The Choice to Run Clean

This entry originally ran on the sports page of the Seattle Times.

Over the past year, I’ve seen a lot of people commenting that everyone in track and field is on drugs. With the recent doping charges in our sport, I want it to be known that are still a lot of hard working people out there – people who go through things like what I’m going through right now just to get back out on the track, and be able to race and do what they love.

I’m a clean athlete, and my life has completely changed from last year to this year. Last year, I was ranked fourth in the world and running all over the globe, having a pretty good season except  for not making the Olympic team. This year, I ran in three meets and had to have surgery on my knee. I missed the entire European circuit and pretty much my entire season.

When I first hurt my knee back in March, before the outdoor season started, I thought it was something that would go away. Instead, it lingered. I continued trying to race and train hard but I couldn’t perform the way I wanted to. It’s very frustrating when you give your all to train at your peak performance, but your body is stopping you. I was not able to train my best going into the U.S. Track and Field Championships this spring, and I tried to push through.

My club coach, Shirley Wroten, used to always tell me I was a warrior because I would fight through anything and race through any conditions.This year, after fighting through this injury at USAs, I finally understood what she meant. I just keep going and going until my body can’t go any more. Most athletes do that, but it’s not always a good thing. After not making the finals, my season was done.

It turned out that I had bone-on-bone bruising in my left knee, and there were two big patches where there was no cartilage. Without the cartilage, there was nothing to absorb impact, and that’s my lead leg for hurdling. So that’s where the constant pain was coming from in my knee.

After consulting with a doctor, I went ahead and had surgery. Surgeons went in and cleaned it up, and then inserted some artificial cartilage. It’s a new technique, and my doctor said he’s been having pretty good results with it. The hope is it will make my knee like new.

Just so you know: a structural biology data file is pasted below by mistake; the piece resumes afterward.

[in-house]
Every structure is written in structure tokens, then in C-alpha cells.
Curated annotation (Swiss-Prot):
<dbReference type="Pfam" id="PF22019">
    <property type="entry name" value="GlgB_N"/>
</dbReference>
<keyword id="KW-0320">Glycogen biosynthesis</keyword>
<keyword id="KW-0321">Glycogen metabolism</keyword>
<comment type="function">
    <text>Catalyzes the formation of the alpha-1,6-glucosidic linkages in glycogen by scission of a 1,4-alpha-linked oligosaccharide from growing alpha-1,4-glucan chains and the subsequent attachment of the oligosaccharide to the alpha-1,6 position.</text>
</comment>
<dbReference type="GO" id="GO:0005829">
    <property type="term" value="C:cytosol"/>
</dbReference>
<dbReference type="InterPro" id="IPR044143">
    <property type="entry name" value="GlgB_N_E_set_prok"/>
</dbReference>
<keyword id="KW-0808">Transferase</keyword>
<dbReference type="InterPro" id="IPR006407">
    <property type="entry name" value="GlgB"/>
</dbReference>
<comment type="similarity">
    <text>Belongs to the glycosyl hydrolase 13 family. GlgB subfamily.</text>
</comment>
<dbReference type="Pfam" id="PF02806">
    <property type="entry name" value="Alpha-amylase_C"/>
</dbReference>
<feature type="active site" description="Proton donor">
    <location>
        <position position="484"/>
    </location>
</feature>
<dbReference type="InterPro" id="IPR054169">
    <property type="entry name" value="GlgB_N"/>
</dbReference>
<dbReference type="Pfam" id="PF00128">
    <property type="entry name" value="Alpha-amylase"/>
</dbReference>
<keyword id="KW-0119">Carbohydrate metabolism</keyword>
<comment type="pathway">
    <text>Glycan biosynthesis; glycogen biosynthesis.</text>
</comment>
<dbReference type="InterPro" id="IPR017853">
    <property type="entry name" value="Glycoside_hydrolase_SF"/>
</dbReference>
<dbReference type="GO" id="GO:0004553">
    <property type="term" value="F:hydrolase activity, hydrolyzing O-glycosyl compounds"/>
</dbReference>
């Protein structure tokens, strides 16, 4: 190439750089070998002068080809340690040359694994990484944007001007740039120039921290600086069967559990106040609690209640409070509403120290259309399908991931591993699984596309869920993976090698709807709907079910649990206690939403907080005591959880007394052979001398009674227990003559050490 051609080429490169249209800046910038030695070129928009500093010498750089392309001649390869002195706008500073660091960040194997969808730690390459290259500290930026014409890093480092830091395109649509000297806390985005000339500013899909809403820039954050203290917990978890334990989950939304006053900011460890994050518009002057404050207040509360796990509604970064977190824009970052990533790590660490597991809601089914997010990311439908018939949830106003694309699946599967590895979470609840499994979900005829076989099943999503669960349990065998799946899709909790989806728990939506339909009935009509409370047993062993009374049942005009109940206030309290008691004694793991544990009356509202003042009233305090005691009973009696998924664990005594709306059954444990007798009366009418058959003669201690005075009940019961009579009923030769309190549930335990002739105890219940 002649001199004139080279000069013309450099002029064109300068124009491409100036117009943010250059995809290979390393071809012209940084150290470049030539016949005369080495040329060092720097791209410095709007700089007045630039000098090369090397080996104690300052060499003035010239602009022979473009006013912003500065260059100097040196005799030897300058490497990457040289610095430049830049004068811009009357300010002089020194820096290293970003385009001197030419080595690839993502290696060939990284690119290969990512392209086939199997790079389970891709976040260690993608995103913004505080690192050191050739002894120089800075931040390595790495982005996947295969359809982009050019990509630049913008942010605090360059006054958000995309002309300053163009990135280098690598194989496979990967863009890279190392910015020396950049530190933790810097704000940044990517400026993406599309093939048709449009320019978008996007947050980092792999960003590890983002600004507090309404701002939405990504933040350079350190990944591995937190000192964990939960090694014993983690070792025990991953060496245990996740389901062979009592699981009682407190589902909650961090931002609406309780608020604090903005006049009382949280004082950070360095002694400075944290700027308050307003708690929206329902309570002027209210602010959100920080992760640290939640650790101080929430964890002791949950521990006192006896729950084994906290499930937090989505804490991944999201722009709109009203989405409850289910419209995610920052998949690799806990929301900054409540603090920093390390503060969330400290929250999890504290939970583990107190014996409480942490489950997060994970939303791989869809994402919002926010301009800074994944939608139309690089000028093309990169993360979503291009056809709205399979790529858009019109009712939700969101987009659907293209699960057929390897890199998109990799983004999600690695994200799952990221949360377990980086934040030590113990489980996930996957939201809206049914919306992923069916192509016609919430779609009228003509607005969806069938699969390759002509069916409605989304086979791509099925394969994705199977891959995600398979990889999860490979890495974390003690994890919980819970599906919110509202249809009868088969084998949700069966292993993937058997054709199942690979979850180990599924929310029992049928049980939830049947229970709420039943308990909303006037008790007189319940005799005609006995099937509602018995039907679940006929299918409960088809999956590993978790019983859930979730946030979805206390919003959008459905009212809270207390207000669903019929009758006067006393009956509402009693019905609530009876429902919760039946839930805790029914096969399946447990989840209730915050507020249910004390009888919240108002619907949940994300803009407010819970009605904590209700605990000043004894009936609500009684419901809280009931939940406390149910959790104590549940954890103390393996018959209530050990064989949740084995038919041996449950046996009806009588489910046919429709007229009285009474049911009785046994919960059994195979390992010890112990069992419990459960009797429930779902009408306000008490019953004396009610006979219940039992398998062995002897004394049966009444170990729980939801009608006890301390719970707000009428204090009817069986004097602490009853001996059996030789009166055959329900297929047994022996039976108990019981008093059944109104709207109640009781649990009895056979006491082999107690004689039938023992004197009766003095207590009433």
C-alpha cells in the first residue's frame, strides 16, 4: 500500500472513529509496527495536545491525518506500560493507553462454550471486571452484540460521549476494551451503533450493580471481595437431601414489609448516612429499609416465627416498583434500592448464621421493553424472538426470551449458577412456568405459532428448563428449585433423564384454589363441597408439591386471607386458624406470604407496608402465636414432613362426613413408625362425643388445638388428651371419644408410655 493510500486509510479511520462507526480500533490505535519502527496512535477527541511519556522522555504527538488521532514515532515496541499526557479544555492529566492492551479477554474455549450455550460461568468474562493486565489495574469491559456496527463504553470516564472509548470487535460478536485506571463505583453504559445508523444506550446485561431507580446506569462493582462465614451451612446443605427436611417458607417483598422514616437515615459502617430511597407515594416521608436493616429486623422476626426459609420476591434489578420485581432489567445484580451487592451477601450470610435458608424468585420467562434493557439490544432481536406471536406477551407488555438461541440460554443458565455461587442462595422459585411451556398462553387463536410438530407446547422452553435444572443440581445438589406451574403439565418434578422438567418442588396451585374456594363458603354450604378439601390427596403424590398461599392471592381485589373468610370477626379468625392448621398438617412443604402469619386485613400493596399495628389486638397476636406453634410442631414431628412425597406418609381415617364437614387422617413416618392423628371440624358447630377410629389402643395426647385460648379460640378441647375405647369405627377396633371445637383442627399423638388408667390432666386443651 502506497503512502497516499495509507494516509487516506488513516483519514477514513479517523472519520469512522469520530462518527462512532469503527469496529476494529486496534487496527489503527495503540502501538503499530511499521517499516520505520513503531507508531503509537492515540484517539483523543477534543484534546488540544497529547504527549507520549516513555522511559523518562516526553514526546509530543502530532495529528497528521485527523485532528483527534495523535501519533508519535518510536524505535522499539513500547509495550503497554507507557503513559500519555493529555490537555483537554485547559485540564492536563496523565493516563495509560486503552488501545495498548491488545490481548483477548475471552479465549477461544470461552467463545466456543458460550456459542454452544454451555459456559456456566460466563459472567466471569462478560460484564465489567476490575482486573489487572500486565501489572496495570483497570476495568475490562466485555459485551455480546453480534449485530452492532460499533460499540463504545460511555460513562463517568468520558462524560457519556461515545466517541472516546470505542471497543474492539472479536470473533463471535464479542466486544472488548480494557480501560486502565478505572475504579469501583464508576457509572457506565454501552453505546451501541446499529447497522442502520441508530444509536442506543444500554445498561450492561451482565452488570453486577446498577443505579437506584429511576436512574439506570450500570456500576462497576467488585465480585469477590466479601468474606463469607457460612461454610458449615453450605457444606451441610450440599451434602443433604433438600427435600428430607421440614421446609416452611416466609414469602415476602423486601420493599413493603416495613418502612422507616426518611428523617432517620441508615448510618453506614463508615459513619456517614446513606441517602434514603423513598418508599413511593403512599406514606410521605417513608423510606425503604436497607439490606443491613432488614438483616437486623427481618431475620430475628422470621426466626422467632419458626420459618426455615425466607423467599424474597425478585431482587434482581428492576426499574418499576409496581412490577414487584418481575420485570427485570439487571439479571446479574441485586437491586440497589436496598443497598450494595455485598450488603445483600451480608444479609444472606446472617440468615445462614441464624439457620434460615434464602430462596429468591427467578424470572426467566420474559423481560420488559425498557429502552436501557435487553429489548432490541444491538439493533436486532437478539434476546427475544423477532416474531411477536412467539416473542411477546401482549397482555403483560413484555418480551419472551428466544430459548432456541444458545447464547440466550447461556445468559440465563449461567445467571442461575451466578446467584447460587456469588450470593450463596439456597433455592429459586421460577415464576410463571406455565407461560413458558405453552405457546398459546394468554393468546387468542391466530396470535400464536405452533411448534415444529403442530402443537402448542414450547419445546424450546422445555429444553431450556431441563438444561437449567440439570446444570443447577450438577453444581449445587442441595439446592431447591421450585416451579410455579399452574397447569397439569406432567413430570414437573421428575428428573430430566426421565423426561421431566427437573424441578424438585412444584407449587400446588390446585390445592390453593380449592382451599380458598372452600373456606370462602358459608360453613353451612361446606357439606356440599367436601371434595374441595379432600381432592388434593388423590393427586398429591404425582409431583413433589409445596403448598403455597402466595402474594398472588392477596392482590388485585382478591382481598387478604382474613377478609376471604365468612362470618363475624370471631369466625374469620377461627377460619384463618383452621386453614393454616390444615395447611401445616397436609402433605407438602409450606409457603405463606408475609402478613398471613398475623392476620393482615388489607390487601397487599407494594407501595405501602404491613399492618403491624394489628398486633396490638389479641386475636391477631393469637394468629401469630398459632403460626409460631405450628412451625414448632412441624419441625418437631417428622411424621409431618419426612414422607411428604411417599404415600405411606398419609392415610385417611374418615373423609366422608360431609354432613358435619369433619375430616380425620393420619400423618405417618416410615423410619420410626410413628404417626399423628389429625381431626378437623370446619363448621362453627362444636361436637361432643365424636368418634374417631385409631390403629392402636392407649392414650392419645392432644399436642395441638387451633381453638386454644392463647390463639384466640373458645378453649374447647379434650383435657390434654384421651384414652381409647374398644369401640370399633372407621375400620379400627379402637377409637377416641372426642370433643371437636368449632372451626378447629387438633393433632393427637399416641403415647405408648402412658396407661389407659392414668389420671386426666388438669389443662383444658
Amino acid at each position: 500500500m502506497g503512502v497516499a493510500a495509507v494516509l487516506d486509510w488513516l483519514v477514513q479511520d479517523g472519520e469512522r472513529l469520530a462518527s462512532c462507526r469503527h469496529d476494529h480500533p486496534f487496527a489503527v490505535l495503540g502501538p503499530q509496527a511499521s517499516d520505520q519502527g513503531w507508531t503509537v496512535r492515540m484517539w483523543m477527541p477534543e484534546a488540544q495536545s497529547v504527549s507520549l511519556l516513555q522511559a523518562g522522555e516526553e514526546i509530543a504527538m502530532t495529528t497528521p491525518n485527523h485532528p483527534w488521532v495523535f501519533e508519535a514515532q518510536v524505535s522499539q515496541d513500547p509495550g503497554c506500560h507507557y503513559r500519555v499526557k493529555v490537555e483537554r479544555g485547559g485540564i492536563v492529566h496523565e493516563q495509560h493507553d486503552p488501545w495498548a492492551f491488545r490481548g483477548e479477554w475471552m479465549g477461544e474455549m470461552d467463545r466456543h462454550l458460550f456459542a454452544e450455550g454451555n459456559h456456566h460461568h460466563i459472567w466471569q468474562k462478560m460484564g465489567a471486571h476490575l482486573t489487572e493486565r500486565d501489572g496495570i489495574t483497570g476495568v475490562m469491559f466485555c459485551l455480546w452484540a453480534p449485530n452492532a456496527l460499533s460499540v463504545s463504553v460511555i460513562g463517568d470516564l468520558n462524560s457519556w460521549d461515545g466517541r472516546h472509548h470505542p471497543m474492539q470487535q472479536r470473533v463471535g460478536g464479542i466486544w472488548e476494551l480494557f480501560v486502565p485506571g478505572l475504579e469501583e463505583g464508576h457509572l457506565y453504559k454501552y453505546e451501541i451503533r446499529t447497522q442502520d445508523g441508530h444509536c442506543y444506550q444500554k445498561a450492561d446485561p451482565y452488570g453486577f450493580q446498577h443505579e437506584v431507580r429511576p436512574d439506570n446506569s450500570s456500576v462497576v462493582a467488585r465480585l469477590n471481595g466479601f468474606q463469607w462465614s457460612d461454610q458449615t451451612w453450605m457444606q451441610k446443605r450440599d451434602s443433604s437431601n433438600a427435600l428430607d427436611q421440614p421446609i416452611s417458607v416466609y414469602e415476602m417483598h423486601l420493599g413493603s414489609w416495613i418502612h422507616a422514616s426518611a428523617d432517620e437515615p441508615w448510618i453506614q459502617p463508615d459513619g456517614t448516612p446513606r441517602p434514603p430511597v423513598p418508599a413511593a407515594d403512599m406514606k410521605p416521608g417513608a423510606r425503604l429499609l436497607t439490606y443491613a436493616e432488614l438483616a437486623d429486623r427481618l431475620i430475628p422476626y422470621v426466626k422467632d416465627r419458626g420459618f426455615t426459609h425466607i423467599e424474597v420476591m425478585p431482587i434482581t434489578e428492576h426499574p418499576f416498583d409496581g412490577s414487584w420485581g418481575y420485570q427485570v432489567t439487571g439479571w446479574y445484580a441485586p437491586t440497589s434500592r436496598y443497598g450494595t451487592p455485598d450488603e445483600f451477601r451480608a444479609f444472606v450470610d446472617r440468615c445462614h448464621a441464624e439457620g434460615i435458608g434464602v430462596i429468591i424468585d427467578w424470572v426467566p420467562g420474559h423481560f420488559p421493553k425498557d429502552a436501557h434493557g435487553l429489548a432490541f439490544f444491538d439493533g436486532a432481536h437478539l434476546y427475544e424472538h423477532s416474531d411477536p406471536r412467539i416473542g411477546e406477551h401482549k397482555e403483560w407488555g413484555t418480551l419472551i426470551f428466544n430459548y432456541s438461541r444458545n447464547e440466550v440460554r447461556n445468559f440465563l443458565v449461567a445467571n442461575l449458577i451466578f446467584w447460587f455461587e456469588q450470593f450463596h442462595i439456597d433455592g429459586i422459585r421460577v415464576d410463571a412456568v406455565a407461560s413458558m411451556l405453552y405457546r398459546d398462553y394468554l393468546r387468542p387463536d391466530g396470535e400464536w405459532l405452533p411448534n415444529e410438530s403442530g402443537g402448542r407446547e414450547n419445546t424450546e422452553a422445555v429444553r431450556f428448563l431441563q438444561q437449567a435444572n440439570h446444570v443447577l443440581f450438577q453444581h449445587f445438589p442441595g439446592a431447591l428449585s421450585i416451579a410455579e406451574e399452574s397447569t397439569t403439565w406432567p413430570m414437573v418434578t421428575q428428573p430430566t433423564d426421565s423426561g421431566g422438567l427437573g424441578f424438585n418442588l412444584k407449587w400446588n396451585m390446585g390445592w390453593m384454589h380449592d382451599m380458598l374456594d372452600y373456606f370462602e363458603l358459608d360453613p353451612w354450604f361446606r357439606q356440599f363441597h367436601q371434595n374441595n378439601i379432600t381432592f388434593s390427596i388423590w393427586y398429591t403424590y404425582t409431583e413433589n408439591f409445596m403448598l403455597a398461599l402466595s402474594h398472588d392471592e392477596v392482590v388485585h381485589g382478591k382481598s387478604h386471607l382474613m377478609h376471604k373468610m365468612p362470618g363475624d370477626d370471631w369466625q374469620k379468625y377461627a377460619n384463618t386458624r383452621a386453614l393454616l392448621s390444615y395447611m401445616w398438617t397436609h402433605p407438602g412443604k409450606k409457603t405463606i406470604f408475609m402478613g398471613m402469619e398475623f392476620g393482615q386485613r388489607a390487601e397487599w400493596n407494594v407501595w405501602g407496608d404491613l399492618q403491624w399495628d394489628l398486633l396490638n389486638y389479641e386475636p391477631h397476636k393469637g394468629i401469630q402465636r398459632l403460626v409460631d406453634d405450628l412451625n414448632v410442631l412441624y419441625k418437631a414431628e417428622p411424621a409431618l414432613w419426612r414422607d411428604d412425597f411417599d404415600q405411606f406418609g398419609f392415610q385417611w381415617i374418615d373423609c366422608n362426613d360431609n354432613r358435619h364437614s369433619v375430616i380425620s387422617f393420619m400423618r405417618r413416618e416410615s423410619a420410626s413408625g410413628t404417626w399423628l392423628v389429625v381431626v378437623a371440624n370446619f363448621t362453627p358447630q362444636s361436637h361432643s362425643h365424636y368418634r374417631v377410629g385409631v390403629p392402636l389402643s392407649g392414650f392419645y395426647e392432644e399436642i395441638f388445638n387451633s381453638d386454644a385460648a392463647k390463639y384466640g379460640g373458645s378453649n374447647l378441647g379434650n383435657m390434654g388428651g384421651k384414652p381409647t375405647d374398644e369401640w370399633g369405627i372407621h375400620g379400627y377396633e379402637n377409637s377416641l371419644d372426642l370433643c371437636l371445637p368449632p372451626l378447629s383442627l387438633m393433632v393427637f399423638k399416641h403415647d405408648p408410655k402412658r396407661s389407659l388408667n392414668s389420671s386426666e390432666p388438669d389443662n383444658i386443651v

It’s really very hard coming back from injuries. You have to take the time off. You have to know how to be patient, and slowly climb your way back to peak performance. It can be a long, grueling process. But that is exactly what it takes.

That’s what makes athletes who compete dirty so frustrating. You see them have injury after injury, maybe even a surgery, and come back a few short months later just flying. I’m not saying that those kinds of recoveries aren’t possible naturally, but they’re not normal. And when an athlete recovers and then tests positive for performance-enhancing drugs, it’s a real slap in the face of everyone else who’s clean. Because we’ve believed that coming back quickly was possible when it wasn’t. We’ve questioned why our recoveries took so much longer.

It takes away from everything that sports should be about. I’m spending a lot of money on my body just to be able to run again through these surgeries, going through rehabilitation and traveling from place to place. It’s because this is something that I love to do. I have a real passion and love for this sport, and a talent in it.

I wish there was a way that people could see that not everyone in this sport is doping. I wish they could be with us and see what we go through: How much time we put in at the track, in the weight room, at physical therapy, getting in ice baths and maintaining a healthy diet. For a lot of athletes, it’s a matter of having to train in different places and being away from your family.

There are certain demands put on us through sponsors and appearances. Some athletes even compete without contracts and have gone years without a contract, just doing it for the love of the sport and trying to climb their way back to the top. To me, the true athletes are those who say that no matter what, they’re going to do this, to accomplish a personal goal for themselves.

I want to encourage fans to keep supporting track and field, especially with the recent cloud that has been hanging over the sport. There’s a lot that goes into this as a career, and not everybody is a cheater. A lot of people are putting their blood, sweat and tears into this, and making sacrifices so that they can accomplish something great. We still do have a lot of genuine, hard-working athletes out there who are wonderful people to look up to and follow. There are the Jackie Joyner-Kersee’s of the world, who are no longer running, but are still out there, doing good.

We need your support to keep doing it. We aren’t all taking the easy way out. I hope my journey is a clear example of clean athletes going from peak success, to injuries, to climbing back to success with nothing more but pure, hard work.

Ginnie Falls Just Short in U.S. Semifinal

Ginnie Crawford’s bid to make her fourth IAAF World Championships came up just short on Saturday at the USA Outdoor Track and Field Championships in Des Moines, Iowa.